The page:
Teagarden was a bit of a story in 2005 after being drafted out of the University of Texas. The righty catcher hit the ground running in Spokane. He had been drafted as a defense and batting average/OBP player in the third round. However he smacked 7 home runs and drew 23 walks in a mere 96 at bats. Sample size be damned, that's a nice little show of secondary skills for a guy who didn't exactly pose a potent long ball threat in college. Baseball America loved him and ranked him as the #9 prospect in the Rangers system before this season.
Unfortunately he underwent Tommy John surgery after the 2005 season. The surgery, along with a stress fracture in his back cost him his 2006 season.
The stats paint a picture of a hitter who has good plate discipline. I think the slugging percentages from 2005 with both UT and Spokane are a bit misleading. He isn't a power hitter. Spokane is a bit of a hitter's park and he's more advanced than the competition. He should be able to hit for a passable average and he might rap some doubles into the gaps. He's not a particularly strong bat, but adjusted for position he isn't a bad one. Teagarden's calling card as a player has been his defense. He has a quick release, a strong arm, he's well regarded for his ability to block the plate, dig balls out of the dirt, and call a game. There literally is nothing that scouts don't like when it comes to his defense. When coupled with his batting, this is the picture of an ideal backup catcher. The elephant in the room here is the injury issues. If he loses some of his defensive ability, he's a much less appealing prospect. If it forces him back from behind the plate, it makes him a non-prospect as he doesn't have the bat to make it as a 1B/DH. If he comes back from the injuries as good as new, then he's a decent but not great prospect.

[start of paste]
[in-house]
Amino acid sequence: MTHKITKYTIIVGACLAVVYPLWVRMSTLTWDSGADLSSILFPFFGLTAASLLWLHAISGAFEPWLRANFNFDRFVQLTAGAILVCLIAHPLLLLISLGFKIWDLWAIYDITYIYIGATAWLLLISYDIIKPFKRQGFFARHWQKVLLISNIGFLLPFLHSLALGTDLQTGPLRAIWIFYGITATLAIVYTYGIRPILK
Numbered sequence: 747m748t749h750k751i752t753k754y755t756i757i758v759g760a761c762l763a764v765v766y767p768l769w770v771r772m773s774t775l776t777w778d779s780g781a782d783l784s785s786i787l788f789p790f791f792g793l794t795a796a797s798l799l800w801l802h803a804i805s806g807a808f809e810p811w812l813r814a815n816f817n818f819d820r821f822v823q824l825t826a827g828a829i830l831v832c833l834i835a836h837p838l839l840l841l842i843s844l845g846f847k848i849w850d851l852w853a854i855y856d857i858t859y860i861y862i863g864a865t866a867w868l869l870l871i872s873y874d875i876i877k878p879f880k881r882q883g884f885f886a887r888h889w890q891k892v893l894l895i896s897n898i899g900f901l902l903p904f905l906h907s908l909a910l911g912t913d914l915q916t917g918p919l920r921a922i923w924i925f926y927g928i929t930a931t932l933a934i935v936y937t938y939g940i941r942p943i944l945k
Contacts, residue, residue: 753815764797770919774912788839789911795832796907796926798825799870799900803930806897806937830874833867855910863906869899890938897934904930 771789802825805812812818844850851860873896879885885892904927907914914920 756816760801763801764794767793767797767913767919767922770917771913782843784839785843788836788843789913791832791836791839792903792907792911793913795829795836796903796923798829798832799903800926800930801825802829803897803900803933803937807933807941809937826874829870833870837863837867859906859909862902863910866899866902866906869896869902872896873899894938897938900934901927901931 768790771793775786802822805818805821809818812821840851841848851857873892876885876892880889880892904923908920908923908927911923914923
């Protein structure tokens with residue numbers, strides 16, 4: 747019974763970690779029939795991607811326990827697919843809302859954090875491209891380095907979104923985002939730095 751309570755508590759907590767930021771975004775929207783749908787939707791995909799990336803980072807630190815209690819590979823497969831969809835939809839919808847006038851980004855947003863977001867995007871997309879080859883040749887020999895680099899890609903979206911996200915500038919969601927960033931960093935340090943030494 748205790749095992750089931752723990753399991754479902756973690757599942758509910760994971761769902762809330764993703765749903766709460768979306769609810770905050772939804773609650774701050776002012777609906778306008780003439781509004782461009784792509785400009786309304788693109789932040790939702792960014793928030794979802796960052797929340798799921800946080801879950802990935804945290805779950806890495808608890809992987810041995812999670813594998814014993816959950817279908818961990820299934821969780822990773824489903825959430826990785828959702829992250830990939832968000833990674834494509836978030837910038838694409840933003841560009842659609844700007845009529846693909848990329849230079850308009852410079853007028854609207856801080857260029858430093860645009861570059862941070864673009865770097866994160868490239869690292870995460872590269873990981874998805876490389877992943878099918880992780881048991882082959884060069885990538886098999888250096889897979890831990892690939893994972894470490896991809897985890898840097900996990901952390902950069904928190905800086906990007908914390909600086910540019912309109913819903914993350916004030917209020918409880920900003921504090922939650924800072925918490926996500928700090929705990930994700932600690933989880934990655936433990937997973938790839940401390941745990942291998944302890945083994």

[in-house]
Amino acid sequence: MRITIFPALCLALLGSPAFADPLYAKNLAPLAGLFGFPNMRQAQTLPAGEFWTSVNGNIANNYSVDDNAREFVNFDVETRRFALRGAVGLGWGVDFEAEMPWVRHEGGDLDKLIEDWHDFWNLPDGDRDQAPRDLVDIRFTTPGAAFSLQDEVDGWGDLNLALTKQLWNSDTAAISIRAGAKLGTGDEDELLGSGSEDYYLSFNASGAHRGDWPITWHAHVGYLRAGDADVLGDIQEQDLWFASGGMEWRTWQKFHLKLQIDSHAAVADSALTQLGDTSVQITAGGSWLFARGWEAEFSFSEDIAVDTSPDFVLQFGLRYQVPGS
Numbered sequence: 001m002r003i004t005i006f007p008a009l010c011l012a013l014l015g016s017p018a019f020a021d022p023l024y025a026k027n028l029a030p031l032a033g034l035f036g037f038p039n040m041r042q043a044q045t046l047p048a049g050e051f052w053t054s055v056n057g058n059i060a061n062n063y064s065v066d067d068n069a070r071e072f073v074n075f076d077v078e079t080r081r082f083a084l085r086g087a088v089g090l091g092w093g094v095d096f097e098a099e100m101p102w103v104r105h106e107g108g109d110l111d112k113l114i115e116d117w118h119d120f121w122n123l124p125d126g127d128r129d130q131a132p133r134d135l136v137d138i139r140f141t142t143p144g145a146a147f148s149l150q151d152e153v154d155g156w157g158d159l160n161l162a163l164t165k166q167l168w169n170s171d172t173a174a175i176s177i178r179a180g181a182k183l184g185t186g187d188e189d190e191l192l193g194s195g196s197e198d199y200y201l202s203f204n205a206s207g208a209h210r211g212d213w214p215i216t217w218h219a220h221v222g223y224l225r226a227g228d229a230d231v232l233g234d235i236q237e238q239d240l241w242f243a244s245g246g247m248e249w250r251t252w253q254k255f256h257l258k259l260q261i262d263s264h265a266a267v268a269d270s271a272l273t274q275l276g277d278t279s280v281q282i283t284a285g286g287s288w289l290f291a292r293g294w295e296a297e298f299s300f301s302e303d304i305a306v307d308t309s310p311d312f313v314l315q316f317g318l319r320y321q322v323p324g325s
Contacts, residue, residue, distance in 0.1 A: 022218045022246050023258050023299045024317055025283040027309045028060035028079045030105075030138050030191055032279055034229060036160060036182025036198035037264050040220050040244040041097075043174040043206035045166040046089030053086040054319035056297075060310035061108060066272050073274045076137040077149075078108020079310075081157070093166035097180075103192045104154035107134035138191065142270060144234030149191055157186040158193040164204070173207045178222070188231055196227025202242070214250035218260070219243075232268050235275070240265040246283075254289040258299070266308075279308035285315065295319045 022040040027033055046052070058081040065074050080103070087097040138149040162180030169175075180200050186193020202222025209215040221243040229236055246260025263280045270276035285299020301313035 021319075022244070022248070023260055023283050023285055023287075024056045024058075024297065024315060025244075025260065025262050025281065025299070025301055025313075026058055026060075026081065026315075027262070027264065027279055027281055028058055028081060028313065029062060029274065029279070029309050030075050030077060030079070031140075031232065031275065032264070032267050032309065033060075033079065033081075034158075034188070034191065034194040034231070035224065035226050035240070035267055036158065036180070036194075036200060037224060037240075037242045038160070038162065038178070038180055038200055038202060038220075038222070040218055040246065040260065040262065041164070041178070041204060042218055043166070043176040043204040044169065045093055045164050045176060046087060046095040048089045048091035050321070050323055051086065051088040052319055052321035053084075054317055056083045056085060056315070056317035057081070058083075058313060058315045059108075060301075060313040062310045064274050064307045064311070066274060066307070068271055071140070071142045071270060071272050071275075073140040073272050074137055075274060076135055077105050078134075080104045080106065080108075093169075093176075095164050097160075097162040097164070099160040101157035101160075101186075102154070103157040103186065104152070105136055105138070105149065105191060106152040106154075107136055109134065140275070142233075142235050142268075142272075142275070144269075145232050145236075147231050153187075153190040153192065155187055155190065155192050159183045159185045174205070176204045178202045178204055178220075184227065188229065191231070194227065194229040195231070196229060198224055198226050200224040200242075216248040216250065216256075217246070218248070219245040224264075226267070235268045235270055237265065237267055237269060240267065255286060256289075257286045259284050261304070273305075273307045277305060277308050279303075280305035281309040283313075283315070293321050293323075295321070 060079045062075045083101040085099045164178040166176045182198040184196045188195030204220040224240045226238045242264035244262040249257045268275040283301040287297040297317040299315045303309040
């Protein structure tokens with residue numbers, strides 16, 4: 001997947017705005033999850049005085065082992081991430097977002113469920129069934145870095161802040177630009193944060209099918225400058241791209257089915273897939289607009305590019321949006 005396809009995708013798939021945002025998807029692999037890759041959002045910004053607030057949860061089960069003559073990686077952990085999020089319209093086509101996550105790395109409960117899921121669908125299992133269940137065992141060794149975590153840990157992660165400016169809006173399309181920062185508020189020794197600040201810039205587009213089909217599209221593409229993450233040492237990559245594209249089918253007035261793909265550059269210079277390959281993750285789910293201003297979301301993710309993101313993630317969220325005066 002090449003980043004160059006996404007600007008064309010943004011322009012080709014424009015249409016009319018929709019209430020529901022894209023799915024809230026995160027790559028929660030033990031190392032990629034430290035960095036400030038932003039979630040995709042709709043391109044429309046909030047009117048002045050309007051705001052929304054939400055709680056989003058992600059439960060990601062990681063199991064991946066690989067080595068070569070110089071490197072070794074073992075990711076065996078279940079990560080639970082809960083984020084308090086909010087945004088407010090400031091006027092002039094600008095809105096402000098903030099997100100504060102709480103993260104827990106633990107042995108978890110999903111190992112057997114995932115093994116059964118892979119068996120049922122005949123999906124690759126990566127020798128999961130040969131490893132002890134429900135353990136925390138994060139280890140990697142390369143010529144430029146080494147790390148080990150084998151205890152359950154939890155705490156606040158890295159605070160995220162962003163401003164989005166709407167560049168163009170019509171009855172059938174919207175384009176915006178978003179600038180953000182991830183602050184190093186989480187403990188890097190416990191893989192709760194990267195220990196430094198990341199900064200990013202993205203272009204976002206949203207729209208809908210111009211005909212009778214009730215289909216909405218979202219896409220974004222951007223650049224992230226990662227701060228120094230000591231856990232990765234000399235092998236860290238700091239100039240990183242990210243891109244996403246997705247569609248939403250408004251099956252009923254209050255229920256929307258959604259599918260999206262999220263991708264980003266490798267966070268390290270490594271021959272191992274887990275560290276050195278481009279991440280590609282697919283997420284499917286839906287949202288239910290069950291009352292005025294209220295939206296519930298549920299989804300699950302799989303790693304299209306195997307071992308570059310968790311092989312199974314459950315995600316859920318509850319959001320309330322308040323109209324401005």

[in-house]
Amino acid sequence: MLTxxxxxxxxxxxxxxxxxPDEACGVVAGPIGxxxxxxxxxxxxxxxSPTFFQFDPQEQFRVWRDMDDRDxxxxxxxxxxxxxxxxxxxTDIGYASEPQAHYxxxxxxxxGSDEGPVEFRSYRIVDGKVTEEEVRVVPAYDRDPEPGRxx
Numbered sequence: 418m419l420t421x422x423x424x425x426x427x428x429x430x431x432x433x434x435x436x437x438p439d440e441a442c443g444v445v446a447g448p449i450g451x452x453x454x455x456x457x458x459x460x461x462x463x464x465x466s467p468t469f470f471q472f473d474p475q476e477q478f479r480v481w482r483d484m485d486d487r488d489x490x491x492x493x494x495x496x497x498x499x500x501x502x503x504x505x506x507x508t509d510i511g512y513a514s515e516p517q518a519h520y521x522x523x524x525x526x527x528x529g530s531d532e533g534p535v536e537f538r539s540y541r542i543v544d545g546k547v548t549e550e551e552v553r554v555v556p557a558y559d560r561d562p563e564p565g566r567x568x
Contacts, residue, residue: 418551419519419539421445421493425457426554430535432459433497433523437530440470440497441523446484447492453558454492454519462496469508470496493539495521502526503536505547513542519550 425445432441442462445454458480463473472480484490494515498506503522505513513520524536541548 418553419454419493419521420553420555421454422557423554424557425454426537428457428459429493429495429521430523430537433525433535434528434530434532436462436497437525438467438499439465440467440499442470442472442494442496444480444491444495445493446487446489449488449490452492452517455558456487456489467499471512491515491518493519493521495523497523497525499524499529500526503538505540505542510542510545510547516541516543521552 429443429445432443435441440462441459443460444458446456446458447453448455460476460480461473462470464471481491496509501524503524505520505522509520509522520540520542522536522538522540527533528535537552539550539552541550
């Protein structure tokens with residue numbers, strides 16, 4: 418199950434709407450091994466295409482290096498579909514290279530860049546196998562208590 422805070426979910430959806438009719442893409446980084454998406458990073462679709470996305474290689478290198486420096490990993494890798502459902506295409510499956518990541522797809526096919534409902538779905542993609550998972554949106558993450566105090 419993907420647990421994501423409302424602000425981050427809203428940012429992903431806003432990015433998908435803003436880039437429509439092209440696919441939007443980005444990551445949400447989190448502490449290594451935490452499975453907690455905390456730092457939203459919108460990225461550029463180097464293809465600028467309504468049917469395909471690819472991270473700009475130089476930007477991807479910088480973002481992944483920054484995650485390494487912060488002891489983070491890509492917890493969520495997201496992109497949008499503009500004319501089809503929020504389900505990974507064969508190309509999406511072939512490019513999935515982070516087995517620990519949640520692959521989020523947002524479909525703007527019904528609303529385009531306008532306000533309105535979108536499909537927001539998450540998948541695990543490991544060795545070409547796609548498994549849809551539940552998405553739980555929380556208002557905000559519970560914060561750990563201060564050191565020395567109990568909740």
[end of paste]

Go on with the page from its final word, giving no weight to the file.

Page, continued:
If you want to picture his ceiling, think Jason LaRue with a few more walks and a few less home runs. The downside is Guillermo Quiroz. For a midrange, you can look for maybe something on the order of Yadier Molina.